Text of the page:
by Lucie Rezackova, Edited by Sierra Busch
Traditional Italian cooking can’t be done without foraging for wild edible plants. It’s one of the most unique Italian cultural traditions still in practice today. Every region of Italy has its own traditional recipes handed down from generation to generation. These authentic dishes utilize the wild edible foods that are indigenous to that specific area. Mushrooms, greens, and herbs are hand-picked from local forests, meadows and pastures. Searching for wild foods and cooking them according to traditional recipes is a part of Italian everyday life, and is certainly one of the immersive cultural activities you can’t miss in Italy. Let’s find out which wild plants to forage and how to use them in traditional Italian cooking!
Disclaimer: It’s important that you correctly identify plants when foraging for food. Mushrooms are notoriously easy to mistake as there are poisonous versions that often look similar to the safe versions. Arm yourself with a quality guidebook made for the exact area you live in or find a local person who specializes in native plants of your area to come to your property and show you what’s already growing and edible on your land! Never eat anything you aren’t 110% sure you’ve correctly identified and always get a second, professional opinion. This is an informational article only and should not be used to identify wild plants. Creative Edge Travel is not responsible for your resulting health after consuming wild plants and food.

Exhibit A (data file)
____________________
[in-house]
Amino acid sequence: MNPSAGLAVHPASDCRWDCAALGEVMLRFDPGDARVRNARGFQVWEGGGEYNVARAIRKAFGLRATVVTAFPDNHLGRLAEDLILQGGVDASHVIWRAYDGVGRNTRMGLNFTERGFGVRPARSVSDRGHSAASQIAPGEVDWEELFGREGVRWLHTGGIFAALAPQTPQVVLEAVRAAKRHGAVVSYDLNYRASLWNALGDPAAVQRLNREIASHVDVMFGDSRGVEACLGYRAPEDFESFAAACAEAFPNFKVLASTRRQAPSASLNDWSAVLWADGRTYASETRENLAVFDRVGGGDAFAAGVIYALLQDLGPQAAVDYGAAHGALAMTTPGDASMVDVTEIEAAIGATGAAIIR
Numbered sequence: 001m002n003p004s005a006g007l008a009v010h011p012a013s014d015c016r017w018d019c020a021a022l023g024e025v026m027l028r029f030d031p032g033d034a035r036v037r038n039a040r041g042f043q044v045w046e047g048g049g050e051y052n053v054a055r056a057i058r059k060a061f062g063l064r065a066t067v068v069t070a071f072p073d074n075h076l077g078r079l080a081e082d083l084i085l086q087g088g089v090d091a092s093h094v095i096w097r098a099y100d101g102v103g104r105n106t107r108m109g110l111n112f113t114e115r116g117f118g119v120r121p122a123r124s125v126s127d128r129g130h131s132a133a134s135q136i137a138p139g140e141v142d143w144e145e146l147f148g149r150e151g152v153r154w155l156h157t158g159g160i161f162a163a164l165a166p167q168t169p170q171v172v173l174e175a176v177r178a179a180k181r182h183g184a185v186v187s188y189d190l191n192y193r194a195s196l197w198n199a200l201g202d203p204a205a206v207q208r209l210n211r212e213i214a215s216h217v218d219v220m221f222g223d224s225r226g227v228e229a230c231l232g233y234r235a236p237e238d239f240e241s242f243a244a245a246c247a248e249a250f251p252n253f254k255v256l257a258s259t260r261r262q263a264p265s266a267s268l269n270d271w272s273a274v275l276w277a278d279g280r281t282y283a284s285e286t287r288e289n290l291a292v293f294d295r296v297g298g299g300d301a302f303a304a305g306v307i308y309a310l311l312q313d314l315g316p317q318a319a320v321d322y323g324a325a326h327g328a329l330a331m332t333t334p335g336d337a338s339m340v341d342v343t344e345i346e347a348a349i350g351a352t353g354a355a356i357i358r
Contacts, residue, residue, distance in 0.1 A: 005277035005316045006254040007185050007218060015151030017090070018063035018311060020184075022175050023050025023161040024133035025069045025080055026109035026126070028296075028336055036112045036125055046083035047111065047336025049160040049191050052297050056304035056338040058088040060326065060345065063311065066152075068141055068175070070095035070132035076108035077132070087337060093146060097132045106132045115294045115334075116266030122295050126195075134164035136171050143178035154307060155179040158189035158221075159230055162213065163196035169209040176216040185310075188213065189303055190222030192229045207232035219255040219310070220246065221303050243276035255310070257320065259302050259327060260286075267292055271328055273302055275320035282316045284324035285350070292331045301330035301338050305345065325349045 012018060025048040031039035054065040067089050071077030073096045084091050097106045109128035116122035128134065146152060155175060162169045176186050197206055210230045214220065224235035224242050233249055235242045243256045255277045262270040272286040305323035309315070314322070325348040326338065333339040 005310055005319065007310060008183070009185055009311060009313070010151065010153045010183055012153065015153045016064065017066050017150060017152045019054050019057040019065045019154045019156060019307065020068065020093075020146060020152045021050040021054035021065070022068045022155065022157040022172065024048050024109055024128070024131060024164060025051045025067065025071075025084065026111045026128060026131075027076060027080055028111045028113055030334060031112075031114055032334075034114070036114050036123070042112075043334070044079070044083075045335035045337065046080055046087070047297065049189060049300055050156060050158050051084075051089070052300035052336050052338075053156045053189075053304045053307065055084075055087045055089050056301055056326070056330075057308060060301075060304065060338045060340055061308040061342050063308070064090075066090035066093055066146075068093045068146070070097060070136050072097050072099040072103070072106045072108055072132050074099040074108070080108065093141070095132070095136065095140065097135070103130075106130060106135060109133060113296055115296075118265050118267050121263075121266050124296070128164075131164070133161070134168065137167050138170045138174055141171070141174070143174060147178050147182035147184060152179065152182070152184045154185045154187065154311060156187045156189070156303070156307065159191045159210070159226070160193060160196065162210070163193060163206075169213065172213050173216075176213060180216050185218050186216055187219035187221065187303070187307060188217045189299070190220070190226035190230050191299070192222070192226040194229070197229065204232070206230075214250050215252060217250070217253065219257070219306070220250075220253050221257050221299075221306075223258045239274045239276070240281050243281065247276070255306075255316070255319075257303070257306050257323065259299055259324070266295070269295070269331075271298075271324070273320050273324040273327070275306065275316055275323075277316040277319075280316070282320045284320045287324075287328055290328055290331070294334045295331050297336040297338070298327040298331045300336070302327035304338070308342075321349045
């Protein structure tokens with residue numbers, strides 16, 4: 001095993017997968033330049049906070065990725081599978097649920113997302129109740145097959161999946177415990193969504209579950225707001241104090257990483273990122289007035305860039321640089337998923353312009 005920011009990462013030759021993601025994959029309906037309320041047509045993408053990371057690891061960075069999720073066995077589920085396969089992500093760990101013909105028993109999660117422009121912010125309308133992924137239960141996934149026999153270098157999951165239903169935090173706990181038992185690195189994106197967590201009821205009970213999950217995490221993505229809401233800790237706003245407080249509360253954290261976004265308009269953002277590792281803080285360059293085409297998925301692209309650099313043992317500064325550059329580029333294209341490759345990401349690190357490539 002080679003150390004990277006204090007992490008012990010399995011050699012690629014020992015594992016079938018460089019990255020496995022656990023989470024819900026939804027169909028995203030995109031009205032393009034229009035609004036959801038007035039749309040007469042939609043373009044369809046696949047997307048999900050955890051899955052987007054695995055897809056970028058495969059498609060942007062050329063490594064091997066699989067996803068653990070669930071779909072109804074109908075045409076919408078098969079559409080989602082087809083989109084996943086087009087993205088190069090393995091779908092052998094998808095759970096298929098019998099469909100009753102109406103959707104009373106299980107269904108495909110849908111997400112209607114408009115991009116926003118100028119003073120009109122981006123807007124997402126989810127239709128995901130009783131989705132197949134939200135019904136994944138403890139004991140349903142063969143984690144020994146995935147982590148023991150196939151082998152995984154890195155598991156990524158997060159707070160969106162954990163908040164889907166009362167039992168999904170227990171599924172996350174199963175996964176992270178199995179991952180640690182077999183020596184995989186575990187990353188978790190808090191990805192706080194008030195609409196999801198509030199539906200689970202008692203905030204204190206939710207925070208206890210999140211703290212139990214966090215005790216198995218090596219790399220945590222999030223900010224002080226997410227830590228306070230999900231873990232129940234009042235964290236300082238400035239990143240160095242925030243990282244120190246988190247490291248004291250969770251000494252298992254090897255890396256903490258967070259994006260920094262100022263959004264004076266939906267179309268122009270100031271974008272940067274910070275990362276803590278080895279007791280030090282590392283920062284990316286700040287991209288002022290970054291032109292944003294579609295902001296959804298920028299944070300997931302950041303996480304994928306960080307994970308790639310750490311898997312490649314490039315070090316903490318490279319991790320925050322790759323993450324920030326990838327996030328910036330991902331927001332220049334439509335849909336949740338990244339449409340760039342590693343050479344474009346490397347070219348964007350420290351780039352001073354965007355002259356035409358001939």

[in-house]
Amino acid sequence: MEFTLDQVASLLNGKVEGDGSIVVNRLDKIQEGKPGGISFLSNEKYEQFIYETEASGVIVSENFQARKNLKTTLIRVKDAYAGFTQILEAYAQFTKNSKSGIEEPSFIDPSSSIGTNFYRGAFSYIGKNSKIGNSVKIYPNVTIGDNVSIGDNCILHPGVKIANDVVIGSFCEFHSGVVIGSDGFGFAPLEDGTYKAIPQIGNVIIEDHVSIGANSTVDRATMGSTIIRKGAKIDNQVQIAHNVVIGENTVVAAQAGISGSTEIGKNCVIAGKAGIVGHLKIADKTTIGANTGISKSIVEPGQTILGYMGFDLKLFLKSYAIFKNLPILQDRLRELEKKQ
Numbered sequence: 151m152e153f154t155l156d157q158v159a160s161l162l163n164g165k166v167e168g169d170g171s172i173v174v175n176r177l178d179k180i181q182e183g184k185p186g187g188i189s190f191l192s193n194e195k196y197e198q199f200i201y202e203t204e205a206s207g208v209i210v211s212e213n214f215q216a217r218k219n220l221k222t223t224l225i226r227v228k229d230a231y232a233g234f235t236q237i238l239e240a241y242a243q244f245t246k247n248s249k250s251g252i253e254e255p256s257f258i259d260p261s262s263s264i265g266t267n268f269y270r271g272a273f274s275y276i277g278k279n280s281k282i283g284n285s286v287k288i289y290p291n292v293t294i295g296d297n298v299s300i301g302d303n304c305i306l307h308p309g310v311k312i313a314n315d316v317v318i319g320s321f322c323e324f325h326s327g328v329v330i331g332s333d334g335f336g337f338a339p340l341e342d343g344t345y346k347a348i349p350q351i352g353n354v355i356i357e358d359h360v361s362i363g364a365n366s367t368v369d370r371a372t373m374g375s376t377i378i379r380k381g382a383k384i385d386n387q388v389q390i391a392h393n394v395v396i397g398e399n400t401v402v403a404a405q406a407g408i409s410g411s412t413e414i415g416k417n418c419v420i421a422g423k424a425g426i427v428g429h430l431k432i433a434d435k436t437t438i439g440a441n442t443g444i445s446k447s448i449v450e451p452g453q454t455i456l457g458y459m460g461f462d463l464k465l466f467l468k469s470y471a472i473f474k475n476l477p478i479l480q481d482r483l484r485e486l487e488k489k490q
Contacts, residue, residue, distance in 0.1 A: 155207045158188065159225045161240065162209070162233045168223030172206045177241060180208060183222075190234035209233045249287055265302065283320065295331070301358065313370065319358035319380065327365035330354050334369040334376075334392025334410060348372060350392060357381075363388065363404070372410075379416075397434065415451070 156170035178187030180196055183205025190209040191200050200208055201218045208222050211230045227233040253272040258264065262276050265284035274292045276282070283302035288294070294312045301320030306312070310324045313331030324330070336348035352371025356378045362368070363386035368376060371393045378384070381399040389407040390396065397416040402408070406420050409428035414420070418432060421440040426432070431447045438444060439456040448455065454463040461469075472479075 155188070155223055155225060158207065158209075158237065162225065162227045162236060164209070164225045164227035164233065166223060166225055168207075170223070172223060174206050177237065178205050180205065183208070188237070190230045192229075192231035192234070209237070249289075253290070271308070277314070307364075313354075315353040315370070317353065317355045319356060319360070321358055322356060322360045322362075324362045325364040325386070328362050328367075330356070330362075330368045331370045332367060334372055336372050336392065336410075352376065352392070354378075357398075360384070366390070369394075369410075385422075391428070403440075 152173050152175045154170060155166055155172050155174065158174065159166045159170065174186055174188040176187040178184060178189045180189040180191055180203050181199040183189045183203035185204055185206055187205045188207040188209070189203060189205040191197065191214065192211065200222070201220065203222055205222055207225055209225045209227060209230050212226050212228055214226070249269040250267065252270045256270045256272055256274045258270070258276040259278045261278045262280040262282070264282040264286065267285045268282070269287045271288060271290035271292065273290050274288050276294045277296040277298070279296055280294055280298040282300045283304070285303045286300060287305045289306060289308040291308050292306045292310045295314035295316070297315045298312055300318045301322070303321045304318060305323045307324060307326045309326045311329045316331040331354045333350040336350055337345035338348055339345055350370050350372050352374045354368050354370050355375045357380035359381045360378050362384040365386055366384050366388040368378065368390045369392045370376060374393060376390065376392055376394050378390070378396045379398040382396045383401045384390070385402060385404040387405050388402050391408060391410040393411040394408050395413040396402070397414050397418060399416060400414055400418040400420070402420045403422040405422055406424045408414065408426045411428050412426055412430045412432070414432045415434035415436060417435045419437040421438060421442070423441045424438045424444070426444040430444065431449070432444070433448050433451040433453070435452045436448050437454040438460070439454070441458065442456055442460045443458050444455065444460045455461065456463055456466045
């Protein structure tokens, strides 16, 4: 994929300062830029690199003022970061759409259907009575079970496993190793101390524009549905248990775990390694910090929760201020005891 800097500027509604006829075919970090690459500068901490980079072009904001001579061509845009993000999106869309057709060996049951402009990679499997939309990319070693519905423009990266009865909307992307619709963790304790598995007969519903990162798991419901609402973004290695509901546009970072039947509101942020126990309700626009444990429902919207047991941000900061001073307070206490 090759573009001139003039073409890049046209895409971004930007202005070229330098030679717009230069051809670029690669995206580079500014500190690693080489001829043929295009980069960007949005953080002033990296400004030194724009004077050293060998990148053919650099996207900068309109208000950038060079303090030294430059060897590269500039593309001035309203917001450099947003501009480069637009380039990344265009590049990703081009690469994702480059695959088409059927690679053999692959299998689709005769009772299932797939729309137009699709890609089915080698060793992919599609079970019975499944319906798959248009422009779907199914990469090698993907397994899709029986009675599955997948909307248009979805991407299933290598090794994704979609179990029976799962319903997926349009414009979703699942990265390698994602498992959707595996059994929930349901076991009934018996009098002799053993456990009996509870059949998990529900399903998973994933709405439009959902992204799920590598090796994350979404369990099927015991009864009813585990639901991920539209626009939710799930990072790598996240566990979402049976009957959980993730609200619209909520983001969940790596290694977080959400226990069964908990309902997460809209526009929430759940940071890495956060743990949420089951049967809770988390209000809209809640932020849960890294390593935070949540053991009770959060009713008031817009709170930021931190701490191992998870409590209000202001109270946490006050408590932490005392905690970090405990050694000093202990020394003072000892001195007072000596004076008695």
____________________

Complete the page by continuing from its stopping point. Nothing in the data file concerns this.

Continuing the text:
1. Foraging Wild Mushrooms
Nature in Italy is known mostly for its sunny beaches and endless vineyards. But there are forests too (especially in the northern part) offering a variety of mushroom species all year round! Fall is definitely the best season for foraging wild mushrooms. While mushroom picking is allowed freely in some countries, you have to have a license (“tesserino”) for it in Italy, which helps to maintain sustainable harvesting. This restriction clearly demonstrates the Italian culture of respect for nature and food. The conditions for obtaining the license differ from region to region; in some, you have to pass a test, and in others you can obtain it without any conditions. In any case, please inform yourself about the local laws, restrictions, and regulations and educate yourself about edible, non-edible and poisonous types of mushrooms before you start foraging this delicious ingredient in Italian forests (or at home, too!). Better yet, join experienced locals in mushroom or truffle foraging and book a foraging experience such as the one on our Living Slow in Tuscany small group tour!